Sophisticated BIM models enable workflow efficiency on complex projects and lead to a wealth of other insights for clients, during construction and into operation.

At Arup, we also use BIM to enable automated geometry and design, layout and documentation of repeat elements and provide coordination across disciplines. It accelerates the design process and provides a single source of truth for the whole project team.

We build models that enable rapid design iteration and automatically generate solutions and documentations. We use BIM to validate design choices too, helping clients explore the viability of a proposed combination of services of functions. 

How we can help


Drawing on Arup’s breadth of expertise and services, our BIM models are now used as the foundation for analytic models, such as those evaluating energy use and carbon emissions, fire safety implications, acoustic impacts, lighting or airflow.

In order to exploit the data held in BIM we developed the unique and ground-breaking Global Revit and Global Tekla Standards for BIM. These are fundamental building blocks to sharing data, providing a single global standard that transcends boundaries, such as language, measurement units, codes, symbols, and much more.

Given our clients’ growing desire for sustainable operations and outcomes, future spatial flexibility, new digital services, greater energy efficiency or particular user experiences, BIM’s importance as a central intelligence source will also grow.


Arup has long championed the use of BIM on every project and we have been leaders in developing ISO standard BIM Execution Plans and advising clients on best practice for their project delivery. We have worked with open-BIM advocacy group BuildingSMART, to bring industry-wide alignment to the naming standards across buildings and infrastructure that will be needed if the next generation of digital services and functions are to be realised in the built environment. This standardisation is essential and invaluable in many projects, which function increasingly like complex combinations of machines, services and other high-maintenance elements.

It’s our hope that these shared formats will lead to greater consistency and open standards, helping designers and engineers around the world use the same definitions, terms, parameters and approach in their work. We are also a partner to the Open Data Institute for general data standards (and BuildingSMART for open BIM), and are always promoting the value of shared standards and open data formats, to drive industry innovation for everyone. Finally, we are encouraging the use of an independently supported BIM maturity measure across our industry, to establish greater understanding of the technology, among the clients we all serve.


BIM’s ability to coordinate multiple types of information is driving up expectations in the industry, particularly around the consistency of complex information and the strength of collaboration it supports. Our BIM models are collaborative to the core, allowing designers and engineers to collaborate and achieve the work-from-anywhere approach that is vital on major international projects.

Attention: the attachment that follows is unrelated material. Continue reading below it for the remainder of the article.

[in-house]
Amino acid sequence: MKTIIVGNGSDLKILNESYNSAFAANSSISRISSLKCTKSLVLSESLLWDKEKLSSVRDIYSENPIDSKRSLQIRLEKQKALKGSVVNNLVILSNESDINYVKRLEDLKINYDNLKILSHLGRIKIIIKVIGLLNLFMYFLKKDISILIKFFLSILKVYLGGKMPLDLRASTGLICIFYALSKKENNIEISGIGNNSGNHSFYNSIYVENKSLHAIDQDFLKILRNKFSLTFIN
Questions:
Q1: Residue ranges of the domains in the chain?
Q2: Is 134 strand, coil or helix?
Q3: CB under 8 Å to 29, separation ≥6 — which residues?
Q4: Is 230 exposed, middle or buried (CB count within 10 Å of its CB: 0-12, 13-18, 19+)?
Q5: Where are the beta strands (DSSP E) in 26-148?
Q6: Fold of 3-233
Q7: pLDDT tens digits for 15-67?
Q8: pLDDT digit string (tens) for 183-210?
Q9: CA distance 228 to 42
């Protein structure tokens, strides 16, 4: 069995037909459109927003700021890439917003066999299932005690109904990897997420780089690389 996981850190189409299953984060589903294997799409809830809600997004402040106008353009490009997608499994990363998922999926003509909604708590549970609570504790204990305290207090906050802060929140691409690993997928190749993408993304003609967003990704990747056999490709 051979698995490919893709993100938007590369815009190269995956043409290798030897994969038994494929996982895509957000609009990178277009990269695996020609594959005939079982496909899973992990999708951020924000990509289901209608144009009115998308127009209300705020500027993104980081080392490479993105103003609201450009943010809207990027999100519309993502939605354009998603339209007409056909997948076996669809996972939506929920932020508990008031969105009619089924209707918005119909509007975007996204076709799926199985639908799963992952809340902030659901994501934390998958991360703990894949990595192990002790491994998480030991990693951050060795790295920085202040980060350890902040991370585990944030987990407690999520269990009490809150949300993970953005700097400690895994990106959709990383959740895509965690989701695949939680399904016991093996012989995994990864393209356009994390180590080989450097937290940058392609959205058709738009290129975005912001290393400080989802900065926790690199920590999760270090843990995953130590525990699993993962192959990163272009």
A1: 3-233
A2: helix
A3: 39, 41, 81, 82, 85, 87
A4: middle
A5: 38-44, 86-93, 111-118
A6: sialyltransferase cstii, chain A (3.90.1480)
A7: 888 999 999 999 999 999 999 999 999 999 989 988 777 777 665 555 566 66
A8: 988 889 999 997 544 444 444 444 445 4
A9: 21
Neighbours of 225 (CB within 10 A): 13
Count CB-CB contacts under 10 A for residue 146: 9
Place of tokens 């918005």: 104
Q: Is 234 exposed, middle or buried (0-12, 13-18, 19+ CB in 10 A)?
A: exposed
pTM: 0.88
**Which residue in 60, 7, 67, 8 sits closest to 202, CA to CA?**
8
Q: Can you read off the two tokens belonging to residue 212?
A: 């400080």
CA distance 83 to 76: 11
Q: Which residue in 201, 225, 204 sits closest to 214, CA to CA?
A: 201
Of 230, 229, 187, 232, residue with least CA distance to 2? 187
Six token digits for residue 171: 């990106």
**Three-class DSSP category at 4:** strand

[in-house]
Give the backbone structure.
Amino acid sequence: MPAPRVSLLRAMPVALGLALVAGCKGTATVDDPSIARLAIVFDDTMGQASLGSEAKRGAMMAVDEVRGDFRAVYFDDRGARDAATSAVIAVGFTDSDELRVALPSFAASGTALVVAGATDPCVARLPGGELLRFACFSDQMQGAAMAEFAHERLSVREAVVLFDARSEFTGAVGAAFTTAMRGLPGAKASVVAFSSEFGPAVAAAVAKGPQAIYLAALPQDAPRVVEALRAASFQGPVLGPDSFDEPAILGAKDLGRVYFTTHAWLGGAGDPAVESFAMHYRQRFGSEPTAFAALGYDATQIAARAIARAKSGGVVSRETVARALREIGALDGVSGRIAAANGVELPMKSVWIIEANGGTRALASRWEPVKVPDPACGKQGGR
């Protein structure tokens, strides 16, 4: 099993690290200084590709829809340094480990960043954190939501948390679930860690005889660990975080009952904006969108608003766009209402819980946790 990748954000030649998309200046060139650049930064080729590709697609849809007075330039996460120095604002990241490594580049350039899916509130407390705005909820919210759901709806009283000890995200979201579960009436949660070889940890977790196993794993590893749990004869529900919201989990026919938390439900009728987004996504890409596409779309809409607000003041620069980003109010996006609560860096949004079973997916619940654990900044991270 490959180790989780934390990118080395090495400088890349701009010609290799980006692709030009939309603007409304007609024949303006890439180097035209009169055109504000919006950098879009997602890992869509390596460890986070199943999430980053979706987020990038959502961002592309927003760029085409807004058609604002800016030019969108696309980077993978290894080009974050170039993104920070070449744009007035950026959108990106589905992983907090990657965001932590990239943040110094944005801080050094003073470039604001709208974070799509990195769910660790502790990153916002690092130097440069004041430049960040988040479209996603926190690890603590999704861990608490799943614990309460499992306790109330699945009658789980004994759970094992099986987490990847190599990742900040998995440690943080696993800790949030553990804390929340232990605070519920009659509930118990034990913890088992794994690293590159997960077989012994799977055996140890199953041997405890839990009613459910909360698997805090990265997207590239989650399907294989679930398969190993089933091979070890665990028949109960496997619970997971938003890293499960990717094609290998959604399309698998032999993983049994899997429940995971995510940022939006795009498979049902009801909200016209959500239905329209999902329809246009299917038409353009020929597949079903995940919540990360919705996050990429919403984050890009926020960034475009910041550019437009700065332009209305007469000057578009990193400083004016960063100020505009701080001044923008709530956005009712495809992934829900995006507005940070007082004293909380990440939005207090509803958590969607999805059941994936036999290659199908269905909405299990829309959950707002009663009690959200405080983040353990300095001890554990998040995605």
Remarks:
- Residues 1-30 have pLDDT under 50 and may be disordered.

On our most ambitious projects, Arup specialists are often based in many different location, but thanks to BIM, that’s no bar to successful collaboration. Our work on Marina Bay Sands involved a complex, multidisciplinary team, working in different countries. We developed a BIM model at the centre of the project, one that could bring together a team and facilitate cloud-based collaboration.

Design and production automation

For buildings with highly functional designs, like data centres, we’ve used information from the BIM model to drive the buildings’ design exploration. Thousands of design options can be generated parametrically, explored and short listed. This offers clients a wider range of valuable insights and design options all of which respond to their operational priorities.

We have developed our own automation tools to reduced repetitive and mistake-prone tasks, automated checking and improving quality of our production models and documentation. 

Standardised data management

During the life of a project, huge amounts of data are created,  much of which was traditionally overlooked or wasted. Off the shelf BIM tools often require data management to be effective, reliable and consistent. Arup’s BIM models use  international data classification standards and are thus able to interface with a variety of non-BIM tools.

Digital asset management 

Well planned BIM means assets owners and operators inherit a valuable model, helping them to run an efficient and well maintained building long after completion and handover. This approach also works on existing buildings like 1 Finsbury Avenue in London, with BIM used to integrate older building and occupant systems via a common and up to date standards. As regulation demands increasing efficiency from buildings, this approach brings digital twin and integrated campus operations to almost any real estate client.

Infrastructure uses

BIM plays a strategically valuable role on infrastructure projects, where programme length and team complexity are major issues. We develop BIM models that capture both the scheme’s high level goals down to the design specifics, which may have to adapt as the design develops and iterates. 

BIM is central to the digital strategy underpinning successful infrastructure development, strengthening a scheme’s overall efficiency, transparency of communications and reporting, ensuring control and management do not degrade over time.